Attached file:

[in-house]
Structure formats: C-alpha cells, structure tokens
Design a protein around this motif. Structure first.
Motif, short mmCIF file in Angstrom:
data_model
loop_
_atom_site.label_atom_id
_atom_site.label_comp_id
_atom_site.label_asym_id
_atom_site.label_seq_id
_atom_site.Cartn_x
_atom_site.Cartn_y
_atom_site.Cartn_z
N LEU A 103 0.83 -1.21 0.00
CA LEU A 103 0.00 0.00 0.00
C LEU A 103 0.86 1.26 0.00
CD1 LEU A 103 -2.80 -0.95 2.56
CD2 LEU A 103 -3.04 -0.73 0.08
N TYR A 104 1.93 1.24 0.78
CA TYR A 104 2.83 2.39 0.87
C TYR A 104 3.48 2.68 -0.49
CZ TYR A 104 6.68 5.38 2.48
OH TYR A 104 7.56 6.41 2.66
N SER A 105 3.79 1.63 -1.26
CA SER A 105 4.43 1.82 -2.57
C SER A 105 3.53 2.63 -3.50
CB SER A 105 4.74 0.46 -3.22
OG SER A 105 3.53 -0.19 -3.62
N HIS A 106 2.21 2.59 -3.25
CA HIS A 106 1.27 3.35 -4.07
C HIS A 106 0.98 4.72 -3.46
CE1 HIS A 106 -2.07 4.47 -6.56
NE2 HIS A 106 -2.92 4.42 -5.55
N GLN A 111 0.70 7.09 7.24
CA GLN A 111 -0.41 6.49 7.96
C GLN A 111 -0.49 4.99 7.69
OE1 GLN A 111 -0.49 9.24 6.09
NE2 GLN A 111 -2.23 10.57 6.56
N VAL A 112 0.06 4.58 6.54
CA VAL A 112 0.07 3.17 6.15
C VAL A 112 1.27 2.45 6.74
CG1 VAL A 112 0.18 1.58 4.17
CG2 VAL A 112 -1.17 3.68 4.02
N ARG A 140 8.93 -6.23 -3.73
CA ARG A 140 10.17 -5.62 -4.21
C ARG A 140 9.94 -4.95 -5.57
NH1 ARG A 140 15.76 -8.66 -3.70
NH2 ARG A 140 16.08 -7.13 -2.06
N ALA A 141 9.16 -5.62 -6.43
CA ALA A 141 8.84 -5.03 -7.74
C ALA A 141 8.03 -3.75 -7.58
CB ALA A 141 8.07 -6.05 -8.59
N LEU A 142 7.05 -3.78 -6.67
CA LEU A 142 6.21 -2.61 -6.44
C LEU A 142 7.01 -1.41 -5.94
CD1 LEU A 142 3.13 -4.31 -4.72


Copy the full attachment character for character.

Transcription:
[in-house]
Structure formats: C-alpha cells, structure tokens
Design a protein around this motif. Structure first.
Motif, short mmCIF file in Angstrom:
data_model
loop_
_atom_site.label_atom_id
_atom_site.label_comp_id
_atom_site.label_asym_id
_atom_site.label_seq_id
_atom_site.Cartn_x
_atom_site.Cartn_y
_atom_site.Cartn_z
N LEU A 103 0.83 -1.21 0.00
CA LEU A 103 0.00 0.00 0.00
C LEU A 103 0.86 1.26 0.00
CD1 LEU A 103 -2.80 -0.95 2.56
CD2 LEU A 103 -3.04 -0.73 0.08
N TYR A 104 1.93 1.24 0.78
CA TYR A 104 2.83 2.39 0.87
C TYR A 104 3.48 2.68 -0.49
CZ TYR A 104 6.68 5.38 2.48
OH TYR A 104 7.56 6.41 2.66
N SER A 105 3.79 1.63 -1.26
CA SER A 105 4.43 1.82 -2.57
C SER A 105 3.53 2.63 -3.50
CB SER A 105 4.74 0.46 -3.22
OG SER A 105 3.53 -0.19 -3.62
N HIS A 106 2.21 2.59 -3.25
CA HIS A 106 1.27 3.35 -4.07
C HIS A 106 0.98 4.72 -3.46
CE1 HIS A 106 -2.07 4.47 -6.56
NE2 HIS A 106 -2.92 4.42 -5.55
N GLN A 111 0.70 7.09 7.24
CA GLN A 111 -0.41 6.49 7.96
C GLN A 111 -0.49 4.99 7.69
OE1 GLN A 111 -0.49 9.24 6.09
NE2 GLN A 111 -2.23 10.57 6.56
N VAL A 112 0.06 4.58 6.54
CA VAL A 112 0.07 3.17 6.15
C VAL A 112 1.27 2.45 6.74
CG1 VAL A 112 0.18 1.58 4.17
CG2 VAL A 112 -1.17 3.68 4.02
N ARG A 140 8.93 -6.23 -3.73
CA ARG A 140 10.17 -5.62 -4.21
C ARG A 140 9.94 -4.95 -5.57
NH1 ARG A 140 15.76 -8.66 -3.70
NH2 ARG A 140 16.08 -7.13 -2.06
N ALA A 141 9.16 -5.62 -6.43
CA ALA A 141 8.84 -5.03 -7.74
C ALA A 141 8.03 -3.75 -7.58
CB ALA A 141 8.07 -6.05 -8.59
N LEU A 142 7.05 -3.78 -6.67
CA LEU A 142 6.21 -2.61 -6.44
C LEU A 142 7.01 -1.41 -5.94
CD1 LEU A 142 3.13 -4.31 -4.72